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February 22, 2024READ THE POST
There’s a lot to love about Colorado – and when you live here, it’s likely that it’s number one for many things you enjoy doing. However, there’s one very inauspicious way that Colorado is the top dog. It’s number one in car thefts.
A study from the Common Sense Institute found that Colorado is the highest ranking city in the nation when it comes to car thefts. In fact, in the first six months of this year, the percentage of car thefts increased over last year’s numbers, almost certainly securing the status for yet another year in this position.
What is car theft in Colorado and what can you expect if you are charged with it? Read on to find out.
When you are charged with motor vehicle theft in the state of Colorado, you can face charges in the first or second degree.
Aggravated theft of a motor vehicle in the first degree happens when a person obtains or knowingly controls the motor vehicle of someone else without their permission or through deception or threat, in combination with one or more of the following factors:
Second-degree aggravated theft of a motor vehicle happens when you knowingly take a motor vehicle with no permission from the proper owner, but none of the listed factors above are present.
It’s also important to be aware that these laws apply broadly. This means that the state definition a motor vehicle includes anything propelled by a force other than muscular power – plus, the vehicle cannot be on rails. So, this law covers cars and trucks as well as other motor vehicles such as scooters.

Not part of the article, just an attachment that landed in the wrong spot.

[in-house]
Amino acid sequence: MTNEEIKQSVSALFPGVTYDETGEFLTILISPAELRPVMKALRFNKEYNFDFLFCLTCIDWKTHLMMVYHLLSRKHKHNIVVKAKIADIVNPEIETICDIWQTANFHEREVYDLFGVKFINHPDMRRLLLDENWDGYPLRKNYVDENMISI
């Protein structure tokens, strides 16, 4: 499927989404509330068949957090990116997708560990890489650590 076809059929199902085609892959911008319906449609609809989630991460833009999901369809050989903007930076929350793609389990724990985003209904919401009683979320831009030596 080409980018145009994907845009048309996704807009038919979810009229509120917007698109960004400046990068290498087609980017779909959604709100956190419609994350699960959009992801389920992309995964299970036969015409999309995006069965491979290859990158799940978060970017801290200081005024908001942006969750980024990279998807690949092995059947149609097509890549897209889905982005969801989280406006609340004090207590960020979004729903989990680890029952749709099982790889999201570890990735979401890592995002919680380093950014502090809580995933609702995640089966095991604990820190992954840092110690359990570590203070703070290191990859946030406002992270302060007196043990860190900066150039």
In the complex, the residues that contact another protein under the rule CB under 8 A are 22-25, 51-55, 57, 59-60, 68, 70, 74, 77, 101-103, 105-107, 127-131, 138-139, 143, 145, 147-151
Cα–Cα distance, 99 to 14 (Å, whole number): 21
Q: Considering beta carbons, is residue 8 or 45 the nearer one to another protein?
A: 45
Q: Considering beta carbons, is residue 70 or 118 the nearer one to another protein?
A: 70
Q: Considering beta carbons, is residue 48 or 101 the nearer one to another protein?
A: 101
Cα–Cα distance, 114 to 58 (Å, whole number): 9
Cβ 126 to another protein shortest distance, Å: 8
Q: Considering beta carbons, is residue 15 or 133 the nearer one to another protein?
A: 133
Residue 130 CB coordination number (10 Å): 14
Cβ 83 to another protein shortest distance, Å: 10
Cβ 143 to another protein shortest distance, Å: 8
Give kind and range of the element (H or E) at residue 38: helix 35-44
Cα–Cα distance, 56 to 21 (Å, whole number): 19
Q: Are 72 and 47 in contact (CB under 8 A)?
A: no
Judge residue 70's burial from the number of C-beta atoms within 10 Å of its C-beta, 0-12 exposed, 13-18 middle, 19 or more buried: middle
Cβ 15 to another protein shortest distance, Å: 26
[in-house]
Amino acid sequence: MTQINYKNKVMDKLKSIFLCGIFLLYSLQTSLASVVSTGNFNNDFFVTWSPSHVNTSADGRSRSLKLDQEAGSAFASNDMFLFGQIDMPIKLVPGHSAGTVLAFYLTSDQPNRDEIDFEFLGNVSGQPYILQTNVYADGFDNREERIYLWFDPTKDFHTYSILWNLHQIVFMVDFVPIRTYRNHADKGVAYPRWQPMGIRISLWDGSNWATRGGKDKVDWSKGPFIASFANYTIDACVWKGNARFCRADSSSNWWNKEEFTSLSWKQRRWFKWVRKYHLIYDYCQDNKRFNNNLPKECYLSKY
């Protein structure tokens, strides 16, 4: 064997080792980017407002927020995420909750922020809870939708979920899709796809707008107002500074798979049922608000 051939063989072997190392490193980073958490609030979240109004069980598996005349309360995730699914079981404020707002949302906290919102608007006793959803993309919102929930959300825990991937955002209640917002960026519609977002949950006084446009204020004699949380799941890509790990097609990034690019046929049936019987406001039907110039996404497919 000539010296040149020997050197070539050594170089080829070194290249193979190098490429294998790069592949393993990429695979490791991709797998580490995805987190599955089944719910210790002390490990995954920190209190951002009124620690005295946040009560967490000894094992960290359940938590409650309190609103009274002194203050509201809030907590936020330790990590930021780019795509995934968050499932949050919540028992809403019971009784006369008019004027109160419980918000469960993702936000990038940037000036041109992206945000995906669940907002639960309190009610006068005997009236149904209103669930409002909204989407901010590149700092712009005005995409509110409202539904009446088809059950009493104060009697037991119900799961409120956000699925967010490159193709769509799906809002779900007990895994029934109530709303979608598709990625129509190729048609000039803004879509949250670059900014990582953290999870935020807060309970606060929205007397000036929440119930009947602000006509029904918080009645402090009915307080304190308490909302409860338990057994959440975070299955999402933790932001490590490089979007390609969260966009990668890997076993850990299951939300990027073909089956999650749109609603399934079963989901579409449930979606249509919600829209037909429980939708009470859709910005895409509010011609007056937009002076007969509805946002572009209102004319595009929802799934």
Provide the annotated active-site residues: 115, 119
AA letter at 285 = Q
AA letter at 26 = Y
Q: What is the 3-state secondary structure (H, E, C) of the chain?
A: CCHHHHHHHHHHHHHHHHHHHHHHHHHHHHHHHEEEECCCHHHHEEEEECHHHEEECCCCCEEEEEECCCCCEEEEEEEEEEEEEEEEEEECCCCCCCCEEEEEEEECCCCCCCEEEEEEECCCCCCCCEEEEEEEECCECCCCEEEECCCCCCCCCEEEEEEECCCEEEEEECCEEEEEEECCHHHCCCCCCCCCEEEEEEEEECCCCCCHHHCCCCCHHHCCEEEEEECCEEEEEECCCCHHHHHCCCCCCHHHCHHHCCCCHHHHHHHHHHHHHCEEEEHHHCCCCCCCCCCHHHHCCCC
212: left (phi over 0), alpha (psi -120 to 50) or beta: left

If you are convicted of first-degree aggravated motor vehicle theft in Colorado, then you can face a few different penalties based on the details of your individual case.
You can be brought up on charges for a Class 3 felony in situations where the value of the vehicle exceeds $100,000 or if you have two previous convictions for theft of a motor vehicle. If you are found guilty of this level of felony, then you can face as many as 12 years behind bars and pay fines of as much as $750,000.
Class 4 felony theft of a motor vehicle is typically charged if the vehicle is worth $20,000 to $100,000. You can be sentenced to up to six years of incarceration and be responsible for fines of as much as $500,000.
Class 5 felonies are typically charged if the value of the vehicle is under $20,000. You can face up to three years of incarceration for this level of felony and be ordered to pay fines of as much as $100,000.
For second-degree motor vehicle theft, you can face either a felony or a misdemeanor:
For second-degree motor vehicle theft, the vehicle must be worth $20,000 or more. You can be sentenced to up to three years imprisonment and be ordered to pay $100,000 in fines.
For vehicles worth between $1,000 and $20,000, you can be sent to prison for up to 18 months and be ordered to pay $100,000 in fines.
For vehicles worth less than $1,000, you face up to 18 months in jail and $5,000 in fines.
About the Author:
Andrew Bryant is a well-respected Colorado Springs criminal attorney who has been practicing in the area for years. A Colorado native, he returned to the home he loves after graduating from the University of Kentucky College of Law. Now, he uses the knowledge he gained as an El Paso County District Attorney to fight tirelessly for his clients’ rights. He is AV-Preeminent rated, has been recognized for his work by The National Trial Lawyers, and has been named to Best of the Springs lists by The Gazette for years.
Contact The Law Office of Andrew Bryant today for a free consultation concerning your criminal or family law case. You are just a click away from a top-rated and respected team with the experience and tenacity to ensure you get the best legal services offered in Colorado Springs – call or email now.